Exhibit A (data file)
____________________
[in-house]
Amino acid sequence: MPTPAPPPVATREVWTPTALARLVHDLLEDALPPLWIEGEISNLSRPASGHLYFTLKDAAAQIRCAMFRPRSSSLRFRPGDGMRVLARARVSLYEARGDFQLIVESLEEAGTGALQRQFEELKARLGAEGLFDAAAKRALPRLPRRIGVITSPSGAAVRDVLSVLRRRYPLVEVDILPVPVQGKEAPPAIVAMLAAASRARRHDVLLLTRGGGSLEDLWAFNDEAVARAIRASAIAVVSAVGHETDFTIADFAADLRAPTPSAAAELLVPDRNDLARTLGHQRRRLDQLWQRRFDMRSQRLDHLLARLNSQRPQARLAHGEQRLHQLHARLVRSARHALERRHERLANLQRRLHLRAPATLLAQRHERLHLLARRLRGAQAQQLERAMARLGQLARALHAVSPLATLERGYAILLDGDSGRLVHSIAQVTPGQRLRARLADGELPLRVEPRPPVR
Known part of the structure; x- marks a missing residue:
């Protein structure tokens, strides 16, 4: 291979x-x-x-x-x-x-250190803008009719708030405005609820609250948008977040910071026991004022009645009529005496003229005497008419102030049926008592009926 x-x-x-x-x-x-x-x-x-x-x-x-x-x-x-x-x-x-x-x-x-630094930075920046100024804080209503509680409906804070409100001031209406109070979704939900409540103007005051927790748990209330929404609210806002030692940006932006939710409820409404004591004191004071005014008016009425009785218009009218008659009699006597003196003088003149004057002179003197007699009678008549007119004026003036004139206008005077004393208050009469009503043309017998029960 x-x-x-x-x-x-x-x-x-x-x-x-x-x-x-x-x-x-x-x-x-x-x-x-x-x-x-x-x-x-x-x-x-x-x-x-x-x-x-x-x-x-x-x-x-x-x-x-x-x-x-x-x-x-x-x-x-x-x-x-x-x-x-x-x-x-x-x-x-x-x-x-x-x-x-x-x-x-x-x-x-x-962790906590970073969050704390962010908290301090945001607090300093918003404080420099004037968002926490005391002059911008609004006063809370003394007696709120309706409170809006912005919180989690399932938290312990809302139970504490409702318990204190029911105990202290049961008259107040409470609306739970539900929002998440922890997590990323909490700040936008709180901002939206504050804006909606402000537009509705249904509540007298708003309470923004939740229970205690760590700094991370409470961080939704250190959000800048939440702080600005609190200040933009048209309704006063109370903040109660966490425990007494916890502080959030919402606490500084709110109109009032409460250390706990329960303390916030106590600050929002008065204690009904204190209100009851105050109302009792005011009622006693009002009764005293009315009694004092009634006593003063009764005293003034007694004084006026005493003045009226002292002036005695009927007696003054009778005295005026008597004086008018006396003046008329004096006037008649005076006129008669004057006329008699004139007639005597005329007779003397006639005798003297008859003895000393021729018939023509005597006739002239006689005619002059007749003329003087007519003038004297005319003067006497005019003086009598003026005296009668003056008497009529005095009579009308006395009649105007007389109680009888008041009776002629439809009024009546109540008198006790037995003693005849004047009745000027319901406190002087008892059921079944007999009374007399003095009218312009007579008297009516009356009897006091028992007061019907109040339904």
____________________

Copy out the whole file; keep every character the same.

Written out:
[in-house]
Amino acid sequence: MPTPAPPPVATREVWTPTALARLVHDLLEDALPPLWIEGEISNLSRPASGHLYFTLKDAAAQIRCAMFRPRSSSLRFRPGDGMRVLARARVSLYEARGDFQLIVESLEEAGTGALQRQFEELKARLGAEGLFDAAAKRALPRLPRRIGVITSPSGAAVRDVLSVLRRRYPLVEVDILPVPVQGKEAPPAIVAMLAAASRARRHDVLLLTRGGGSLEDLWAFNDEAVARAIRASAIAVVSAVGHETDFTIADFAADLRAPTPSAAAELLVPDRNDLARTLGHQRRRLDQLWQRRFDMRSQRLDHLLARLNSQRPQARLAHGEQRLHQLHARLVRSARHALERRHERLANLQRRLHLRAPATLLAQRHERLHLLARRLRGAQAQQLERAMARLGQLARALHAVSPLATLERGYAILLDGDSGRLVHSIAQVTPGQRLRARLADGELPLRVEPRPPVR
Known part of the structure; x- marks a missing residue:
């Protein structure tokens, strides 16, 4: 291979x-x-x-x-x-x-250190803008009719708030405005609820609250948008977040910071026991004022009645009529005496003229005497008419102030049926008592009926 x-x-x-x-x-x-x-x-x-x-x-x-x-x-x-x-x-x-x-x-x-630094930075920046100024804080209503509680409906804070409100001031209406109070979704939900409540103007005051927790748990209330929404609210806002030692940006932006939710409820409404004591004191004071005014008016009425009785218009009218008659009699006597003196003088003149004057002179003197007699009678008549007119004026003036004139206008005077004393208050009469009503043309017998029960 x-x-x-x-x-x-x-x-x-x-x-x-x-x-x-x-x-x-x-x-x-x-x-x-x-x-x-x-x-x-x-x-x-x-x-x-x-x-x-x-x-x-x-x-x-x-x-x-x-x-x-x-x-x-x-x-x-x-x-x-x-x-x-x-x-x-x-x-x-x-x-x-x-x-x-x-x-x-x-x-x-x-962790906590970073969050704390962010908290301090945001607090300093918003404080420099004037968002926490005391002059911008609004006063809370003394007696709120309706409170809006912005919180989690399932938290312990809302139970504490409702318990204190029911105990202290049961008259107040409470609306739970539900929002998440922890997590990323909490700040936008709180901002939206504050804006909606402000537009509705249904509540007298708003309470923004939740229970205690760590700094991370409470961080939704250190959000800048939440702080600005609190200040933009048209309704006063109370903040109660966490425990007494916890502080959030919402606490500084709110109109009032409460250390706990329960303390916030106590600050929002008065204690009904204190209100009851105050109302009792005011009622006693009002009764005293009315009694004092009634006593003063009764005293003034007694004084006026005493003045009226002292002036005695009927007696003054009778005295005026008597004086008018006396003046008329004096006037008649005076006129008669004057006329008699004139007639005597005329007779003397006639005798003297008859003895000393021729018939023509005597006739002239006689005619002059007749003329003087007519003038004297005319003067006497005019003086009598003026005296009668003056008497009529005095009579009308006395009649105007007389109680009888008041009776002629439809009024009546109540008198006790037995003693005849004047009745000027319901406190002087008892059921079944007999009374007399003095009218312009007579008297009516009356009897006091028992007061019907109040339904």